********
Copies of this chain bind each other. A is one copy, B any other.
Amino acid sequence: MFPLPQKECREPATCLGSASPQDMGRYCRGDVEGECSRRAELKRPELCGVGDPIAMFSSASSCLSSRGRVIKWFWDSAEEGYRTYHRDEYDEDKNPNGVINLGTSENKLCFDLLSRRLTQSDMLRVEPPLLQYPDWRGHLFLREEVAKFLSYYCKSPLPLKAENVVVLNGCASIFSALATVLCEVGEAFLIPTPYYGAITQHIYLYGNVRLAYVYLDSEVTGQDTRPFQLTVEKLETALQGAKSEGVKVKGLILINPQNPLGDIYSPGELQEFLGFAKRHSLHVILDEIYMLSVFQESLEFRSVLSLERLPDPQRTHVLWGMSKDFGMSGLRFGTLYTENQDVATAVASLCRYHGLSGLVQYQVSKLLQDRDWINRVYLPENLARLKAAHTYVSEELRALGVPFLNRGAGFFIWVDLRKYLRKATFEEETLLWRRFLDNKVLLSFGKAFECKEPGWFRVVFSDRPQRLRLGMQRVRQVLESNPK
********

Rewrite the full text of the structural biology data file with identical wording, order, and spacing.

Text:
Copies of this chain bind each other. A is one copy, B any other.
Amino acid sequence: MFPLPQKECREPATCLGSASPQDMGRYCRGDVEGECSRRAELKRPELCGVGDPIAMFSSASSCLSSRGRVIKWFWDSAEEGYRTYHRDEYDEDKNPNGVINLGTSENKLCFDLLSRRLTQSDMLRVEPPLLQYPDWRGHLFLREEVAKFLSYYCKSPLPLKAENVVVLNGCASIFSALATVLCEVGEAFLIPTPYYGAITQHIYLYGNVRLAYVYLDSEVTGQDTRPFQLTVEKLETALQGAKSEGVKVKGLILINPQNPLGDIYSPGELQEFLGFAKRHSLHVILDEIYMLSVFQESLEFRSVLSLERLPDPQRTHVLWGMSKDFGMSGLRFGTLYTENQDVATAVASLCRYHGLSGLVQYQVSKLLQDRDWINRVYLPENLARLKAAHTYVSEELRALGVPFLNRGAGFFIWVDLRKYLRKATFEEETLLWRRFLDNKVLLSFGKAFECKEPGWFRVVFSDRPQRLRLGMQRVRQVLESNPK